What do they encounter upon arrival? How did they get there? What do they see first? Are they run down endless hallways before they encounter anyone officially connected with the event, or are they greeted by someone clearly in-the-know that they can ask questions of right away? Is there a place to “unburden” themselves, divesting their arms of coats, bags, luggage, umbrellas, etc, before they get a badge? Is everything conveniently located, and labeled in large, unambiguous letters with pictograms for international attendees?
Admittedly, some of these areas may be beyond your control – you can’t guarantee a positive experience from the airlines, or that the hotel concierge will treat them politely, or that their favorite shampoo will be in the hotel bathroom . . .
Work through the whole meeting, trying to empathize with the attendee from the time they see your first e-mail announcement until the time they get back to their place of origin, and include your post event survey if that goes out beyond the 24-hour post event mark. Now you have a basis for evaluating your customer experience from an attendee-centric point of view. Using that as a baseline, try and separate the logistical, intellectual experience from the emotional one. Tease out those feelings as the flow from one to another and try to envision an overall emotional response to the event, and connect the emotional changes to each major logistical challenge they face. You now have a roadmap to isolating the negative emotional contexts in your meeting and either mitigating them or eliminating them, to provide your attendee a positive customer experience end to end.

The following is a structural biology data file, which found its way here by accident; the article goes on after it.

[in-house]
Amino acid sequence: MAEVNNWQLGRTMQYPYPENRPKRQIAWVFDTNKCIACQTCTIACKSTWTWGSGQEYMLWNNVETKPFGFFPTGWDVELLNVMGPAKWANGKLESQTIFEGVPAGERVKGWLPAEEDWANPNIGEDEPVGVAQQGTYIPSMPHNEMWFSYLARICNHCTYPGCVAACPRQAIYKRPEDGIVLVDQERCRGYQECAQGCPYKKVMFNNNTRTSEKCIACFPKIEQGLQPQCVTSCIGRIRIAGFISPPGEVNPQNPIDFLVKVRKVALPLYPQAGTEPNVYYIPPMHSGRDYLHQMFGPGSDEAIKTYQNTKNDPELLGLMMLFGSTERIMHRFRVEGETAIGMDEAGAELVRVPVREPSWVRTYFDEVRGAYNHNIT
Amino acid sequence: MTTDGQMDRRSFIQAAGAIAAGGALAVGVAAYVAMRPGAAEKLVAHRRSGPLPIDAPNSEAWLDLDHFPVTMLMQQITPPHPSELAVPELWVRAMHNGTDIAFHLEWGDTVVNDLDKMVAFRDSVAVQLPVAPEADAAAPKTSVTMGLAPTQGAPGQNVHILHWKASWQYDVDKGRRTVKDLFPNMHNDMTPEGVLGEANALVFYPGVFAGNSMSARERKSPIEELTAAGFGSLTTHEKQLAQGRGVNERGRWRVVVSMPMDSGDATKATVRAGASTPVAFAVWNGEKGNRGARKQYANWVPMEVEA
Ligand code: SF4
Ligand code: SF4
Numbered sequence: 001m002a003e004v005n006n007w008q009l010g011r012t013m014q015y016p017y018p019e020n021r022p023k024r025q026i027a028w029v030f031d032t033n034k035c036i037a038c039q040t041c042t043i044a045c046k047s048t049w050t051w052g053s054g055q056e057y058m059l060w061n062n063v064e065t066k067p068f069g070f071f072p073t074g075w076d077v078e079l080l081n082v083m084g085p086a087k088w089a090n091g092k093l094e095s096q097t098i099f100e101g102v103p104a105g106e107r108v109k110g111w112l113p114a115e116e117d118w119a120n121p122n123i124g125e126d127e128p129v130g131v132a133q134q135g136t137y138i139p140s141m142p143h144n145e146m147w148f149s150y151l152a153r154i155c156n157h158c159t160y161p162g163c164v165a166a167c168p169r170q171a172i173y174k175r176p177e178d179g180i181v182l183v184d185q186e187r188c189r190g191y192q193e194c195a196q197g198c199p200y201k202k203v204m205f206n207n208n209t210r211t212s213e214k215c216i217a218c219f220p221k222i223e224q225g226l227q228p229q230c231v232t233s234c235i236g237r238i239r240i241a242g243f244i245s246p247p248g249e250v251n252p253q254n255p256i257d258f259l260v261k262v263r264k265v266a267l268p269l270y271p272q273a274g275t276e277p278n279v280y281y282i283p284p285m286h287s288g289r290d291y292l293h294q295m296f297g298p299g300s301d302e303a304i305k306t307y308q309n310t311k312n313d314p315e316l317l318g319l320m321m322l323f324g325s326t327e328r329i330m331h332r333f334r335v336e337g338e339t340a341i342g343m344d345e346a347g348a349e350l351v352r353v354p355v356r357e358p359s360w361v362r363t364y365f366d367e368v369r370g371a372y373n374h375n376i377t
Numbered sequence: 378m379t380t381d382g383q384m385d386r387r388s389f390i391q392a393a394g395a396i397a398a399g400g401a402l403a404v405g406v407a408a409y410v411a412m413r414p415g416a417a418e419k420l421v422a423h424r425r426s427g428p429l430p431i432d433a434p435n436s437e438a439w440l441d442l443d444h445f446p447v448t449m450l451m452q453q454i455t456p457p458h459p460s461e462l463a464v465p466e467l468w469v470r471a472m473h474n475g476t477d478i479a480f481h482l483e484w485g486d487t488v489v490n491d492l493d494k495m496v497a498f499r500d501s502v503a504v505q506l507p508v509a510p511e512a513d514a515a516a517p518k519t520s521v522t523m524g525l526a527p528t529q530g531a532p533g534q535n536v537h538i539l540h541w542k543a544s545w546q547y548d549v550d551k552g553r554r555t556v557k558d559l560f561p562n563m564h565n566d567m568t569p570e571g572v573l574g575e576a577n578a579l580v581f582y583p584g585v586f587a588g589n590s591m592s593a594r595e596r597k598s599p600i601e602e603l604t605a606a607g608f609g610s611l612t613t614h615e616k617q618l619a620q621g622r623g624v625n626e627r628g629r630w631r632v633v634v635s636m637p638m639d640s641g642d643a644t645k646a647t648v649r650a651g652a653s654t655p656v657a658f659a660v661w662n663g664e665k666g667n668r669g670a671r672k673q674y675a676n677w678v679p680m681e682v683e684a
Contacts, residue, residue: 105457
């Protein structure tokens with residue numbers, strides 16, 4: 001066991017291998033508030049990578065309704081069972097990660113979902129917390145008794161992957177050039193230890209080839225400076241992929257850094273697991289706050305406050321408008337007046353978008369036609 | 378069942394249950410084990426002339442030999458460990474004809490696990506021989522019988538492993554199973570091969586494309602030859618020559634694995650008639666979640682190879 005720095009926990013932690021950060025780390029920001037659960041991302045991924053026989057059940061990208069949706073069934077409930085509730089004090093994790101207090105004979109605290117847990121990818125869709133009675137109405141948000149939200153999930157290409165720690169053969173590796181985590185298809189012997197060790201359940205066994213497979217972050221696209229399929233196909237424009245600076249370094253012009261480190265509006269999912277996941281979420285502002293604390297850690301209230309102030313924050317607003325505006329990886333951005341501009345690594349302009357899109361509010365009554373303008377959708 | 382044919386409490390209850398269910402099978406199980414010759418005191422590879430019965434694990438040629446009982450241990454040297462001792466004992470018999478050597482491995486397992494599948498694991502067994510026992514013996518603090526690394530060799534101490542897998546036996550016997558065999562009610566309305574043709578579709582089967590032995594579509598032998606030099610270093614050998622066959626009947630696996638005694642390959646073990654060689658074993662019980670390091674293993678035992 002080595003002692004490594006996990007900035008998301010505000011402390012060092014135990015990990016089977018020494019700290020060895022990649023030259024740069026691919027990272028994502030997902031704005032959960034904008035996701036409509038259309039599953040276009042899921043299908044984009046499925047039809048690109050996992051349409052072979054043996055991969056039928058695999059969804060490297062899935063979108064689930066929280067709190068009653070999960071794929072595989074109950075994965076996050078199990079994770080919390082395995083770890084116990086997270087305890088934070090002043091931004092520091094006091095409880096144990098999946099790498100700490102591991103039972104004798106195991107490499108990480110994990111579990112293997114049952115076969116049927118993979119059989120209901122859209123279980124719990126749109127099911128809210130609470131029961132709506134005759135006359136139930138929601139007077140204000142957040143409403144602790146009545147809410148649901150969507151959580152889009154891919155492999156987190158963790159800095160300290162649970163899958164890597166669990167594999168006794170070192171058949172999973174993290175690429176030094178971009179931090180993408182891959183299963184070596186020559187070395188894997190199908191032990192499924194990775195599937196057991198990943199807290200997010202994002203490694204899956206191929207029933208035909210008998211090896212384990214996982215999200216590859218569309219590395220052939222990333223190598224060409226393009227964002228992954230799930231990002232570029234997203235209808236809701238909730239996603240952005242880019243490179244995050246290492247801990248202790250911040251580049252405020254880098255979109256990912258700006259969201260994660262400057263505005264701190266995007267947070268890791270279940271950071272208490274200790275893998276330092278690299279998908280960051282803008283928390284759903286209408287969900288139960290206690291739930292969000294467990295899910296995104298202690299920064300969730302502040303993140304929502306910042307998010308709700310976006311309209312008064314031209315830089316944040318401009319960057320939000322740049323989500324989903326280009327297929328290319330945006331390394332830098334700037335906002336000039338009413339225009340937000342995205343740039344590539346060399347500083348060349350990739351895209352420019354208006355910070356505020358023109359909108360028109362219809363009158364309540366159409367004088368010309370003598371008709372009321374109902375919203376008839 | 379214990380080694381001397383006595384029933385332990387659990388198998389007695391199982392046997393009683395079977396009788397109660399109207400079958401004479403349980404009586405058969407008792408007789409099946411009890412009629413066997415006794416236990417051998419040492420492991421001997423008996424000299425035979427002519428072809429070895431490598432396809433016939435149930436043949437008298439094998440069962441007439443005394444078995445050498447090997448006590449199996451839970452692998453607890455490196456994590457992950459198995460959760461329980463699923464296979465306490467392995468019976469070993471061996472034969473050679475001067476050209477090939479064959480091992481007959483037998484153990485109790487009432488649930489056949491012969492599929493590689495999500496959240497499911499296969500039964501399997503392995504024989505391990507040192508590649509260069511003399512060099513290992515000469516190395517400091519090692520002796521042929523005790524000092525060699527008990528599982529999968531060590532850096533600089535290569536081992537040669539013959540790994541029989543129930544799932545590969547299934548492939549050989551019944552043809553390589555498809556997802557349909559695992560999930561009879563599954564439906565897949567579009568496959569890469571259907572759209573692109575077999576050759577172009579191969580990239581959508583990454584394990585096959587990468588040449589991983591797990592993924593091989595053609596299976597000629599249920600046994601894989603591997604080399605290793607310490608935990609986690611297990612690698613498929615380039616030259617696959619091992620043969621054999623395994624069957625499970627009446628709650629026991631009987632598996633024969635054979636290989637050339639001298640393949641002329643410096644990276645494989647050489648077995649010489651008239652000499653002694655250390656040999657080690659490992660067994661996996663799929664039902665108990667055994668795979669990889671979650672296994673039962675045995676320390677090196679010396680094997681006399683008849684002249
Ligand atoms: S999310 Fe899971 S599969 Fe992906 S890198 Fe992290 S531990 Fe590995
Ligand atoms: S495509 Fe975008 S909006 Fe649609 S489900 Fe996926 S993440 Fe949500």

Now that you’ve done the ground work, how do you use that knowledge in your marketing efforts to attract more attendees the next time? Pull out the outreach materials you used to promote and raise awareness of that meeting, the elements that drove attendance. Do they highlight all the customer experiences and benefits you experienced mentally? Do they convey the emotional punch, the triggers to emotions you felt when you entered the meeting? Do they walk the attendee through what they will experience, show the benefits of those experiences, make it easy, painless and simple for them to experience them? Do they set accurate expectations for the attendee that you can always live up to in real life? If the answer to any of these is “no,” then those are the areas that need some work in your programming, planning and marketing efforts, to align the real experience with the “paper” version your espousing in your marketing efforts.
Admittedly, some of these areas may be beyond your control – you can’t guarantee a positive experience from the airlines, or that the hotel concierge will treat them politely, or that their favorite shampoo will be in the hotel bathroom – but once they enter your meeting venue, they are your responsibility, and taking that seriously can mean the difference between a one-time attendee and a lifetime cheerleader for your events. Pay special attention to the way they feel when they leave. Did they learn something valuable, did they meet someone important to their professional growth, did they learn something about a new subject or a different culture? What feeling are you leaving them with, what will they remember when they complete that online “satisfaction” survey? Hopefully the emotion won’t just be satisfaction, but something stronger and more positive – the one you planned to leave.